by: ellie june navidson
“If you put on a wig you’d look like a tall, skinny girl,” he said.
“If you put on a wig you’d look like a tall, skinny girl.” This phrase has been playing on a loop in my consciousness for four days. i was at work, talking with a coworker about drag. He was excited to be planning his first routine, and i was thrilled for him. One of my bosses chimed in, saying, “Don’t take this the wrong way,” and i should have walked away right then, “but i think elle should do drag.” Then he looked at me and added, “If you put on a wig you’d look like a tall, skinny girl.”
At this point, i looked him in the eye and said “i’m walking away now, this is bullshit.”
This was outrageously offensive for hopefully obvious reasons. His use of “if” placed my capacity to be a “tall, skinny girl” into a hypothetical category. i’m 6”1, and weigh about 130 pounds. Although tall and skinny are both relative, i’d say i probably fit into both categories. And because my workplace is not conducive to a non-binary option, i’m a girl there. But, apparently not to him.
His adherence to normative beauty standards as essential to gender denied me access to a girl identity. My immediate reaction is to reject that. i want to reject the idea that i should have to meet any sort of litmus test to gain entry into any gender category. i want to cut my hair even shorter and embrace a binary identity. i want to rip down the walls of the category, leaving the bones of my fingers exposed and raw from the labor.
i wanted to scream “THIS IS NOT YOUR BODY TO DEFINE.”
A week ago i was thrilled about the process of embracing an in-between body as beautiful, mine. This moment made me want to recast my body as a girl body, beautiful, different, mine. It made me want to use my body, which is so often a battlefield as an implement of battle; it made me want to metamorphose my body into a pure challenge to normativity.
But this moment also hurt. It ripped the flesh off of my chest and squeezed my heart until i couldn’t bear the pressure. Gasping and crying i also wanted to hide. i wanted my body to be a normative, cis girl body. In a flash i wanted to be 5”4’ and keep my weight. i wanted long hair and narrow shoulders.
i wanted all these things that i’ve worked hard to let go of. Two and a half decades of society telling me how bodies should be is a lot of weight, but its weight i’d mostly learned to carry. i’d shifted it and learned to embrace, even genuinely love my trans* body. But all of that weight turned and snapped and fell down on top of me in an instant. It buried me back in a dark place that it took a long long time to dig myself out of.
Simultaneously, this moment made me want to retreat from the category of girl altogether. It made me feel a sense of liberation. If i don’t fit into a gender box, so be it. i wanted to throw away this category into which i’d been denied access so many times. i wanted to walk away from it, leaving it to wither and die while i flourished in self determined grandeur.
i tried to remember what it felt like to leave the doctor’s office last week. i’d wanted to claim myin-between body and went to strategize with my doctor. They embraced and celebrated this desire to claim genderqueer ground—i’m very privileged to have this doctor—but they told me that they didn’t know how to make that happen for sure.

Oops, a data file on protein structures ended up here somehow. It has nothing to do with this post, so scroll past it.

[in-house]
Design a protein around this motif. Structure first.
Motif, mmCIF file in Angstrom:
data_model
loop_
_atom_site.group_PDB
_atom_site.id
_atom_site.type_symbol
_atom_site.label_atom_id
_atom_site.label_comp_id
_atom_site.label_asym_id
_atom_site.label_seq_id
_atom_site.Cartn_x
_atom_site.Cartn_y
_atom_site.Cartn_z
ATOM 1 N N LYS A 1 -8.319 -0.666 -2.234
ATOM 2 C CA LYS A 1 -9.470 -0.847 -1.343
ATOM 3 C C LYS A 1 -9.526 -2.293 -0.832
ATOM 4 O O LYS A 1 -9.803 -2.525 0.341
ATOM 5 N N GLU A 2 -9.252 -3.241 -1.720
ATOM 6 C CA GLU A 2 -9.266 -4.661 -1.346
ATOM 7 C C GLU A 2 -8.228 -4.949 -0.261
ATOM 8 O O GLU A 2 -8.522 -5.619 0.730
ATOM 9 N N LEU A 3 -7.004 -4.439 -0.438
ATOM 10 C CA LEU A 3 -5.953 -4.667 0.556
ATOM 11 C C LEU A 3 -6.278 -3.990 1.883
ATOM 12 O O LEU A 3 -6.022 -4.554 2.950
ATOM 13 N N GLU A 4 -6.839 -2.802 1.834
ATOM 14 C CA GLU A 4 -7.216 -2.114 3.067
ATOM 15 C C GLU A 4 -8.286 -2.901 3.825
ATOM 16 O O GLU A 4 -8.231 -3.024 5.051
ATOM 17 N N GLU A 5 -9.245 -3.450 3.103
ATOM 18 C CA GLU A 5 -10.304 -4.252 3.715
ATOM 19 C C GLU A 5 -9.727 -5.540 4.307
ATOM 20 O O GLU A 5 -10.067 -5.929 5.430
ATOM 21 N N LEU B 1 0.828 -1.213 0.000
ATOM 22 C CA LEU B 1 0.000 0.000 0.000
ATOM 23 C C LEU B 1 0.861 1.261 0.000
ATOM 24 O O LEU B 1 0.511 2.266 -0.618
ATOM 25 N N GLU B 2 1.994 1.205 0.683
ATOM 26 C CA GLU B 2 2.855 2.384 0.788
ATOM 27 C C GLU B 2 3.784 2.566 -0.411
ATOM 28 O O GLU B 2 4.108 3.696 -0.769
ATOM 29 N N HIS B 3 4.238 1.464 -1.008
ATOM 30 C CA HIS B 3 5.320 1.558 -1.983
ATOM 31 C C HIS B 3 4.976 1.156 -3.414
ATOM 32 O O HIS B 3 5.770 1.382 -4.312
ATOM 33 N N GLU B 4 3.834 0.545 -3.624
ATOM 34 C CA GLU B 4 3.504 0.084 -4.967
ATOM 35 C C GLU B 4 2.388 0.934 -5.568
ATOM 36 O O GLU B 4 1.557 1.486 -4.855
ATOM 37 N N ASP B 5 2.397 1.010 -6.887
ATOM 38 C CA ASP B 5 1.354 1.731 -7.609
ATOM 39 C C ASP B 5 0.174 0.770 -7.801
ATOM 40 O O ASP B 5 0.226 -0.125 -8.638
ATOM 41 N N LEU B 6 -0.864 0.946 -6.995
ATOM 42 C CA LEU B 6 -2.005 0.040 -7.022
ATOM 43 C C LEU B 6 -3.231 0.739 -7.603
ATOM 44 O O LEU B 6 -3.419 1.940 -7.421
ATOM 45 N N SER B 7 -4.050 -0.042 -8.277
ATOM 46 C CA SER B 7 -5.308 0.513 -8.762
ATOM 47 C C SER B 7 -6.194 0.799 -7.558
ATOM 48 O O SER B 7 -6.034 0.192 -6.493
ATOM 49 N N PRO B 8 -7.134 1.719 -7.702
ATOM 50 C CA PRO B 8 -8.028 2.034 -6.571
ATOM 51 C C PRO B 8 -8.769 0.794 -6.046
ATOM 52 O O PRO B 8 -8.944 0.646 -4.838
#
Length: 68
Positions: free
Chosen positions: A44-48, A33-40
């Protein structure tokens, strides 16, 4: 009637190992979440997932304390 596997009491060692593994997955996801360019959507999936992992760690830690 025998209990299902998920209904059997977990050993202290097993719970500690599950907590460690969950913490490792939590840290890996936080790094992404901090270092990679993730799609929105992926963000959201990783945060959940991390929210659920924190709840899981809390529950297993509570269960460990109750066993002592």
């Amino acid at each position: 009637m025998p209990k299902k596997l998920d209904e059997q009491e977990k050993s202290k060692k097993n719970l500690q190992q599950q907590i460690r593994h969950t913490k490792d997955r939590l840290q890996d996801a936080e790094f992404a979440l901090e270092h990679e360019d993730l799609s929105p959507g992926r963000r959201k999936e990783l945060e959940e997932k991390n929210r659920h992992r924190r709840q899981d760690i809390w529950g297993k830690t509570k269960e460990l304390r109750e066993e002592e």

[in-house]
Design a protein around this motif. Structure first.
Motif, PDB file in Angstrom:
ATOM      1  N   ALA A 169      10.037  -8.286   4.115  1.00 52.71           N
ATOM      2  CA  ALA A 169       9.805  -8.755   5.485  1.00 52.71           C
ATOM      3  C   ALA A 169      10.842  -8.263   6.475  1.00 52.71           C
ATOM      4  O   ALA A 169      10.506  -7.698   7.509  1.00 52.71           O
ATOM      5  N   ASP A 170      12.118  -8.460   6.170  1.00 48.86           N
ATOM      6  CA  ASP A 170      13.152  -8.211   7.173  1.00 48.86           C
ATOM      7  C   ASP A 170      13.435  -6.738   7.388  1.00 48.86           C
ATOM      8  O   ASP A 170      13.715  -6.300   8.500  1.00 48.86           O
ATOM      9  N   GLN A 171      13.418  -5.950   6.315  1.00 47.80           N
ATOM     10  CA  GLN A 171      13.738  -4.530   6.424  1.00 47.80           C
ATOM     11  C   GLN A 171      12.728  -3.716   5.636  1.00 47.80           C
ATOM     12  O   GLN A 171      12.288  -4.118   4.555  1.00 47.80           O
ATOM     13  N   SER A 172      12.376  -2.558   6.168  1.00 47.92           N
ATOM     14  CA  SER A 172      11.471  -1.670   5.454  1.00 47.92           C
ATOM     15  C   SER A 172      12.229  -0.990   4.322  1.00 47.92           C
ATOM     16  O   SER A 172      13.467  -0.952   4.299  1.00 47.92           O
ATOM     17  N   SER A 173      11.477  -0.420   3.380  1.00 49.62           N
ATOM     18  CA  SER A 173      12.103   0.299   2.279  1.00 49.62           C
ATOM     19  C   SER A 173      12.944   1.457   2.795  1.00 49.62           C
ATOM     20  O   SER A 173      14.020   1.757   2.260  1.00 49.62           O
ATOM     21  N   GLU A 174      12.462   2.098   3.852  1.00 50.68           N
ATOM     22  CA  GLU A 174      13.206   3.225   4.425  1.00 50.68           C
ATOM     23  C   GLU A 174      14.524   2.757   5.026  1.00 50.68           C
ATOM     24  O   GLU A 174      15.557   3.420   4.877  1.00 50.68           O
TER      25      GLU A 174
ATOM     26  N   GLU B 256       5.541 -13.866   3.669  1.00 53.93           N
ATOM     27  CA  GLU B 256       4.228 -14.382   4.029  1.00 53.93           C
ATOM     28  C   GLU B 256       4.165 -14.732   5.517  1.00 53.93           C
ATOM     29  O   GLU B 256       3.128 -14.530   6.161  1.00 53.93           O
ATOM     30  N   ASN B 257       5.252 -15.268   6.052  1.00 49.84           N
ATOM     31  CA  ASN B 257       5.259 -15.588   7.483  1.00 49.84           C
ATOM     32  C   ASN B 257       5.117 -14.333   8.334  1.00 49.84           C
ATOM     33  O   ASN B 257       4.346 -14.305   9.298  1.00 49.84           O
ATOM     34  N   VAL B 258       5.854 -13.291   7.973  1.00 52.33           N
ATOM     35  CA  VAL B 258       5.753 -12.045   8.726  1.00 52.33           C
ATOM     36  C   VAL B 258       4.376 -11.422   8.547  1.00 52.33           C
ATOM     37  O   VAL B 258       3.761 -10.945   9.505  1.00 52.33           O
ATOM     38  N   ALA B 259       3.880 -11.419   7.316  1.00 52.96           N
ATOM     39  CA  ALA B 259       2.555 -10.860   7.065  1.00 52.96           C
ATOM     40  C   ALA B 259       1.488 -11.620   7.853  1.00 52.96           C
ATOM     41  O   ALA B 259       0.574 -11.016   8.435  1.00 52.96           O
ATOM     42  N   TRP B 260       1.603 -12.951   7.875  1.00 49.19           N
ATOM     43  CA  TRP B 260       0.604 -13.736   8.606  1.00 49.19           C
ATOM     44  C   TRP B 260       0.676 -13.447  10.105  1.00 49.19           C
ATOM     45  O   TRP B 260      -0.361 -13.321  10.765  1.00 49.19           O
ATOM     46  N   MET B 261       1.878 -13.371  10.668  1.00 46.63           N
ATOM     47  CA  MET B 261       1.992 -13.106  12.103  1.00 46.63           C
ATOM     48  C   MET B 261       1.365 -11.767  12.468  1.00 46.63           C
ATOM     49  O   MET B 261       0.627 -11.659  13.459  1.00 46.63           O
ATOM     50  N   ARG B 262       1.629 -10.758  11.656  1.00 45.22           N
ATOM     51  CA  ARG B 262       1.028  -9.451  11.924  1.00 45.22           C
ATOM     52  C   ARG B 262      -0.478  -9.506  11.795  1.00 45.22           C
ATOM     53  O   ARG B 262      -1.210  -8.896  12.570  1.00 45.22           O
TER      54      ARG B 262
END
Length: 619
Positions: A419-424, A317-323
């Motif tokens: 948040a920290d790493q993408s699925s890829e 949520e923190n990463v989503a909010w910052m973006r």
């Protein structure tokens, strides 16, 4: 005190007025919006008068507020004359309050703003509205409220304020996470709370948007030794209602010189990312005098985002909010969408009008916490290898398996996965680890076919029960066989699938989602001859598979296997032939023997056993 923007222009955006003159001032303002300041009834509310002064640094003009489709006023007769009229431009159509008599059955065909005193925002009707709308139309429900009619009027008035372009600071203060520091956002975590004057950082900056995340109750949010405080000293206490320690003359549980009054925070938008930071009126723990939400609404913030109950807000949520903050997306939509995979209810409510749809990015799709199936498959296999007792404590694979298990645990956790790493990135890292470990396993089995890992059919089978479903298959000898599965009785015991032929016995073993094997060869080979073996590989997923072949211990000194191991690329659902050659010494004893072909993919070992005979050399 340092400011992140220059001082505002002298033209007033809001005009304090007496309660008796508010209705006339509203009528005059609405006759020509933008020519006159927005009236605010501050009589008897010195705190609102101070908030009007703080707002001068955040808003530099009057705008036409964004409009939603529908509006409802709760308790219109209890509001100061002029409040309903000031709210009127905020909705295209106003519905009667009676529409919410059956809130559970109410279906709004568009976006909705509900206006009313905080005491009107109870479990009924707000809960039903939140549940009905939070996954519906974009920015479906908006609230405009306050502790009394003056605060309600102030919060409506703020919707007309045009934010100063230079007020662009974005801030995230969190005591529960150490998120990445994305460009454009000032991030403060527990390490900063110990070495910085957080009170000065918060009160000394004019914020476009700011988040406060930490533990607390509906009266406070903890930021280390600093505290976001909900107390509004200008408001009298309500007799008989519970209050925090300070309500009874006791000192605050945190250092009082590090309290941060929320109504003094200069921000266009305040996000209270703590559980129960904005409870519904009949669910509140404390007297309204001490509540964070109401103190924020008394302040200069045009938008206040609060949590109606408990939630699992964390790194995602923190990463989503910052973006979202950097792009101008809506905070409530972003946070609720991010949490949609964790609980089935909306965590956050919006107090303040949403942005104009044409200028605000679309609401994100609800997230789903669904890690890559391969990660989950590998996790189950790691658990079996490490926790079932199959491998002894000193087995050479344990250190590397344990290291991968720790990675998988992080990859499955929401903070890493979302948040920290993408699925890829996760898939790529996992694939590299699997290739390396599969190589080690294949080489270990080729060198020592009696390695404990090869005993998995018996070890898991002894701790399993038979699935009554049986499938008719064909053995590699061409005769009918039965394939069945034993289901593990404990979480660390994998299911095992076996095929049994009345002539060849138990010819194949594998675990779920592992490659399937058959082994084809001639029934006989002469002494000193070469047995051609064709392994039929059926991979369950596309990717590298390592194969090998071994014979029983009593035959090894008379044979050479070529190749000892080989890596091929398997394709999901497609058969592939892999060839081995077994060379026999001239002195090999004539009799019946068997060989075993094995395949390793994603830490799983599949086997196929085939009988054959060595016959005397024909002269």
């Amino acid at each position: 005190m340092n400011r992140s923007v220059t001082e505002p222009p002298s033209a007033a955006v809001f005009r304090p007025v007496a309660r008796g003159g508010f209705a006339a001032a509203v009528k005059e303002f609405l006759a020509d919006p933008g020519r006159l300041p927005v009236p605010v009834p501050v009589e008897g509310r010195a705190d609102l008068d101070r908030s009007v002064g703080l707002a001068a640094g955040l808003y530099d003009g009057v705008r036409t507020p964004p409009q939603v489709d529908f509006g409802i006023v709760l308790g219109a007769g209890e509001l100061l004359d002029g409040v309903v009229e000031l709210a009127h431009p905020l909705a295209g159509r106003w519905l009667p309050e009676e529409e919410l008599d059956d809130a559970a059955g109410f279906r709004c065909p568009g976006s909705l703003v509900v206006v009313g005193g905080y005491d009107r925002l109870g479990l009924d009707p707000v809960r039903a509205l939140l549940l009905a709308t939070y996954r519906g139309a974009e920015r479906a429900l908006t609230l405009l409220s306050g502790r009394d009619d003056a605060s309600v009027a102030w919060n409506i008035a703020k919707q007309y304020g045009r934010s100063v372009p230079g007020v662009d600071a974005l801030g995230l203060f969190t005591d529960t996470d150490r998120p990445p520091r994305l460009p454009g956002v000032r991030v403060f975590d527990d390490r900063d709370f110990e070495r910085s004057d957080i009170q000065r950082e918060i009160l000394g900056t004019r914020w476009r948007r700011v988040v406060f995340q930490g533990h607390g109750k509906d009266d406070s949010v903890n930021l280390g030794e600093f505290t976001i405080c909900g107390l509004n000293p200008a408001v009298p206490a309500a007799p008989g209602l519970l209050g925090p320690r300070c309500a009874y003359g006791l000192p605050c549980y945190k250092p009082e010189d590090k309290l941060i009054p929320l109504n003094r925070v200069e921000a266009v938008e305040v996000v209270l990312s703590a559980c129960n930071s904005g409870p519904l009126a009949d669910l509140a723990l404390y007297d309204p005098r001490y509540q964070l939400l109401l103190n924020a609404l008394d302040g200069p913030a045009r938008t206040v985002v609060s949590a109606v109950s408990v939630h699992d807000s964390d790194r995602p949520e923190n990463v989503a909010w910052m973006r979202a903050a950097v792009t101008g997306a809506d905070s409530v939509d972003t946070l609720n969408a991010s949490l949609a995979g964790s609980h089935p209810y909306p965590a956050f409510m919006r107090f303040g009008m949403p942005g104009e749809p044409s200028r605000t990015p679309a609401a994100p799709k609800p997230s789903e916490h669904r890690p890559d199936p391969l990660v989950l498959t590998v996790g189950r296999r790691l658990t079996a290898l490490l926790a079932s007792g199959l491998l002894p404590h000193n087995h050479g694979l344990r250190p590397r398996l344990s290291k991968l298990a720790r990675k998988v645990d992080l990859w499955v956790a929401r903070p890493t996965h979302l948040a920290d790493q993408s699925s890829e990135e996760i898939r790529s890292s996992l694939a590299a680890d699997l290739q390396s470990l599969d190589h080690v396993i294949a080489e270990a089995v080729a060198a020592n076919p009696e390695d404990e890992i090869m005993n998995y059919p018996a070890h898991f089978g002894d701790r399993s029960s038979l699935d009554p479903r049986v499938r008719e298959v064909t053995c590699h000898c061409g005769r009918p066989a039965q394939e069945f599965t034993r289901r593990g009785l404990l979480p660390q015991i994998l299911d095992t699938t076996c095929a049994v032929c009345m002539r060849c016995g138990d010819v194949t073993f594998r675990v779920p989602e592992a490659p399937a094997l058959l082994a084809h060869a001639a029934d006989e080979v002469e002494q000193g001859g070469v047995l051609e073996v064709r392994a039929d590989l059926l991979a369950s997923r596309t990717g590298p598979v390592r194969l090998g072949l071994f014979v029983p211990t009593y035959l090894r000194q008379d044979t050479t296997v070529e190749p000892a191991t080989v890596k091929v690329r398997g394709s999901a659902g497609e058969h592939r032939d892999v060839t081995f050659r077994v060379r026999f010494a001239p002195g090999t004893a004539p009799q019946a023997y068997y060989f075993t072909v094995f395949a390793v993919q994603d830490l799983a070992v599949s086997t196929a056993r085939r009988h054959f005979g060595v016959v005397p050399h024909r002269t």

So, we decided to cut my estradiol in half and keep my anti-androgen, hoping for the best. i’d jumped at this opportunity to attempt something uncertain. Maintaining an andro body, claiming my corporeal reality as queer, was worth the uncertainty. The uncertainty even seemed alluring. Gender challenges have always, despite their hardships, helped me to grow and learn about myself.
i had embarked on a new leg of my gender adventure. When i stepped out of the office onto the street i was elated. The phrase “My body is my own” repeated over and over in my head. A year ago i took steps to begin altering my body with hormones and it was an incredibly empowering and important decision.
Last week i took steps to recognize that i liked the changes and was happy where i was. Somehow that decision, in that moment, felt more important. i was claiming a non-normative space, which helped me to know that it was truly mine, i was not just doing what i thought i had to in order to be a woman. i was claiming ground for myself and knew myself to be unique and beautiful.
But my body is not my own, not entirely anyway. Internalization is a real thing in my life. i looked in the mirror last week, after the incident with my boss and wanted full bottom surgery for the first time in a long time. It was beyond a want. It was a need, and a need with an enormous sense of urgency.
i don’t think that that moment, as hard as it was, was significant enough to make me want bottom surgery. But it did have incredible trenching power. It dug up a pit of body poison that i’d tried—mostly successfully—to bury.
This digging has left things too muddy to see clearly. i don’t know what i really want for my body. i don’t know what i really feel as my identity. Theoretically, i think that i don’t “really” want or feel anything. But in moments it feels like those are true. Theoretically, i think that i’m a product of my society.
i am not without agency. i can push myself to be new things, to resist oppression and normativity, but i am also pressured by society. i am also shaped. i am not gendered in a vacuum. i am a body with agency in a world of pressures. In this way, my body is not your body, but it’s not really mine either.
ellie june navidson is a queer, gender non-conforming creature. She has a degree in Gender and Women’s Studies from the University of Illinois at Chicago. Her activist experience is as varied as her identity, but currently, she is involved in queer/trans safe-space organizing and does written explorations of gender and normativity. Her personal blog can be found at invisiblyqueer.blogspot.com.